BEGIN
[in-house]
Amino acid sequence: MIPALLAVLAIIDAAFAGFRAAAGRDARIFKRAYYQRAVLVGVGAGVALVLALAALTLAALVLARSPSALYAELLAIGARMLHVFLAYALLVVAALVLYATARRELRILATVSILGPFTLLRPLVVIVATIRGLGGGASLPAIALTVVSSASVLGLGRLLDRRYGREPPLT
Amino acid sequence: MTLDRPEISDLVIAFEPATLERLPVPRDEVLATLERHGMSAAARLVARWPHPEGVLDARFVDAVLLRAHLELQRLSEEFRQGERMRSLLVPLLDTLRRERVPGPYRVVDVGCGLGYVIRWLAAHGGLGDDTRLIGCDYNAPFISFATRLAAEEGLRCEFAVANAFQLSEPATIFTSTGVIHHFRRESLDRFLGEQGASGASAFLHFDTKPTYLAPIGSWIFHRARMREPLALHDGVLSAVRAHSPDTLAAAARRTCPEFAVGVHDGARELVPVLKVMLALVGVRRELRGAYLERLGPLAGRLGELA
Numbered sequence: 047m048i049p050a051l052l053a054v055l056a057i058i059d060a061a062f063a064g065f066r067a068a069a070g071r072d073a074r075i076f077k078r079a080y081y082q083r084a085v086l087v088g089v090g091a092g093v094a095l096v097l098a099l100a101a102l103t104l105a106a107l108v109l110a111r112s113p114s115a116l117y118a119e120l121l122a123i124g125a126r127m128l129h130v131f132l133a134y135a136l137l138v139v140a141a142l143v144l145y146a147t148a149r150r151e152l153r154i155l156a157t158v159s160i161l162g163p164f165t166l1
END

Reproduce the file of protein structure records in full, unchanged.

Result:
[in-house]
Amino acid sequence: MIPALLAVLAIIDAAFAGFRAAAGRDARIFKRAYYQRAVLVGVGAGVALVLALAALTLAALVLARSPSALYAELLAIGARMLHVFLAYALLVVAALVLYATARRELRILATVSILGPFTLLRPLVVIVATIRGLGGGASLPAIALTVVSSASVLGLGRLLDRRYGREPPLT
Amino acid sequence: MTLDRPEISDLVIAFEPATLERLPVPRDEVLATLERHGMSAAARLVARWPHPEGVLDARFVDAVLLRAHLELQRLSEEFRQGERMRSLLVPLLDTLRRERVPGPYRVVDVGCGLGYVIRWLAAHGGLGDDTRLIGCDYNAPFISFATRLAAEEGLRCEFAVANAFQLSEPATIFTSTGVIHHFRRESLDRFLGEQGASGASAFLHFDTKPTYLAPIGSWIFHRARMREPLALHDGVLSAVRAHSPDTLAAAARRTCPEFAVGVHDGARELVPVLKVMLALVGVRRELRGAYLERLGPLAGRLGELA
Numbered sequence: 047m048i049p050a051l052l053a054v055l056a057i058i059d060a061a062f063a064g065f066r067a068a069a070g071r072d073a074r075i076f077k078r079a080y081y082q083r084a085v086l087v088g089v090g091a092g093v094a095l096v097l098a099l100a101a102l103t104l105a106a107l108v109l110a111r112s113p114s115a116l117y118a119e120l121l122a123i124g125a126r127m128l129h130v131f132l133a134y135a136l137l138v139v140a141a142l143v144l145y146a147t148a149r150r151e152l153r154i155l156a157t158v159s160i161l162g163p164f165t166l1